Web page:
Since 1941, the National Petroleum Council (NPC) has acted as the unified voice of the oil and gas industry to advise the Secretary of Energy on domestic and international policy issues. The NPC has published over 200 influential reports on the state and future of America’s oil and gas industries, with specific recommendations on how to maximize our resources. This federally chartered but privately funded group has had a substantial impact on the national energy discourse for generations. 

But nothing akin to the NPC exists for the electricity sector, which accounts for 40 percent of our energy consumption in the U.S. -- and the sector has never needed it more than it does today.

Our electricity infrastructure is in the midst of a series of dramatic changes, all of which could threaten the stability, reliability, resilience, affordability and environmental impact of this vital source of commerce. The rise of distributed energy resources such as solar power, demand response and energystoragethreaten to upend the traditional utility business model, as well as necessitating significant infrastructure upgrades.

Cybersecurity threats to the electric grid are at an all-time high, and the grid remains dangerously unprepared for a large-scale attack. Sweeping innovation is needed in order to catalyze the transition to a cleaner, more intelligent electricity market. The federal government, and particularly the Department of Energy (DOE), has a vital role to play in this transformation, but it needs formalized input from the increasingly complex electricity industry.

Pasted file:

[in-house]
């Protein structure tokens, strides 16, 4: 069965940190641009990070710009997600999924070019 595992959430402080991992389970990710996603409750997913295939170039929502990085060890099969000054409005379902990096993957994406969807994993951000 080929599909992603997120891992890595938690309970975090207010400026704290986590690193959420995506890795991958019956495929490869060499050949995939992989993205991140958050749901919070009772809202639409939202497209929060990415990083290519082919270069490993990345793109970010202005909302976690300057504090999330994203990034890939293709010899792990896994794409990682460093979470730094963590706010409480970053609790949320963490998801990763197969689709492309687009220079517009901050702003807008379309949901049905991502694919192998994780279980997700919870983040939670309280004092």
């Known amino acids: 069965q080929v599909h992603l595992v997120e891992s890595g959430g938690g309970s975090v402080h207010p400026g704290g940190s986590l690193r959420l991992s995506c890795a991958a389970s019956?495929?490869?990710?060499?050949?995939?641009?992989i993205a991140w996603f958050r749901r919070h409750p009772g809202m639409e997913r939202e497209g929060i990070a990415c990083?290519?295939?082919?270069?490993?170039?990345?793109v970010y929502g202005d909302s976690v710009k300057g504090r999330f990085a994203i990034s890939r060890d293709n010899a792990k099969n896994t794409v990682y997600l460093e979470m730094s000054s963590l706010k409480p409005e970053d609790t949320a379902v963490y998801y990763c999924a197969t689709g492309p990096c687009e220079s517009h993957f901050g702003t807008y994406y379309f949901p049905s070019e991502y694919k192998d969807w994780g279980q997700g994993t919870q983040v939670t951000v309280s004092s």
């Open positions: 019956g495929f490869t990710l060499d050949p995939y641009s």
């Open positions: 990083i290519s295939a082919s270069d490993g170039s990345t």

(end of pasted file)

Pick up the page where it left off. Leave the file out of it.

Amidst all of this change, all electricity customers must retain access to reliable, affordable electricity. Navigating changing customer dynamics while maintaining that access should be a primary task of the National Electricity Council (NEC). With representation from all sides of the issue -- distributed energy resource providers, utilities, grid operators and consumer advocates -- the NEC will be in a unique position to seek and recommend viable solutions to the myriad challenges posed by a rapidly changing electricity paradigm.

President Obama should charter an NEC, similar in scope and form to the National Petroleum Council. Comprising a wide swath of electricity industry players, observers and advocates, the NEC would help the Secretary of Energy navigate the increasingly complex landscape of electricity generation and delivery in the U.S. The National Petroleum Council has been invaluable for over 70 years -- now is the time to do the same for electricity.

So what would the council look like? Download GTM Research's new policy brief, written by Senior VP Shayle Kann, to learn more and explore how an NEC could help the electricity sector deal with these structural changes.